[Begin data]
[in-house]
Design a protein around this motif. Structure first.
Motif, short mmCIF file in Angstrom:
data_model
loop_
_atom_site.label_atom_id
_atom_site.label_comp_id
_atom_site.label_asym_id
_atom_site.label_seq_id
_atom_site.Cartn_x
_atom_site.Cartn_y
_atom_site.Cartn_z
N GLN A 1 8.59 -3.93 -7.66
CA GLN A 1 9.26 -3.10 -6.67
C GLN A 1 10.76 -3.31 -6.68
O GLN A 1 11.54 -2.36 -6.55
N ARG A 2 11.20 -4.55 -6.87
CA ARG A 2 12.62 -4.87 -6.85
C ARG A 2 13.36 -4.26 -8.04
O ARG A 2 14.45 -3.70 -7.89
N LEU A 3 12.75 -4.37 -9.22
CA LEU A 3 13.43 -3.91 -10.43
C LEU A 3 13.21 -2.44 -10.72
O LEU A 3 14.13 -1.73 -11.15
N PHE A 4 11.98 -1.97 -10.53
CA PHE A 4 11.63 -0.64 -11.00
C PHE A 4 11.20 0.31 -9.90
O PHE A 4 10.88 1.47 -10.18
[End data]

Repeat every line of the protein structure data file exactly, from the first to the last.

[in-house]
Design a protein around this motif. Structure first.
Motif, short mmCIF file in Angstrom:
data_model
loop_
_atom_site.label_atom_id
_atom_site.label_comp_id
_atom_site.label_asym_id
_atom_site.label_seq_id
_atom_site.Cartn_x
_atom_site.Cartn_y
_atom_site.Cartn_z
N GLN A 1 8.59 -3.93 -7.66
CA GLN A 1 9.26 -3.10 -6.67
C GLN A 1 10.76 -3.31 -6.68
O GLN A 1 11.54 -2.36 -6.55
N ARG A 2 11.20 -4.55 -6.87
CA ARG A 2 12.62 -4.87 -6.85
C ARG A 2 13.36 -4.26 -8.04
O ARG A 2 14.45 -3.70 -7.89
N LEU A 3 12.75 -4.37 -9.22
CA LEU A 3 13.43 -3.91 -10.43
C LEU A 3 13.21 -2.44 -10.72
O LEU A 3 14.13 -1.73 -11.15
N PHE A 4 11.98 -1.97 -10.53
CA PHE A 4 11.63 -0.64 -11.00
C PHE A 4 11.20 0.31 -9.90
O PHE A 4 10.88 1.47 -10.18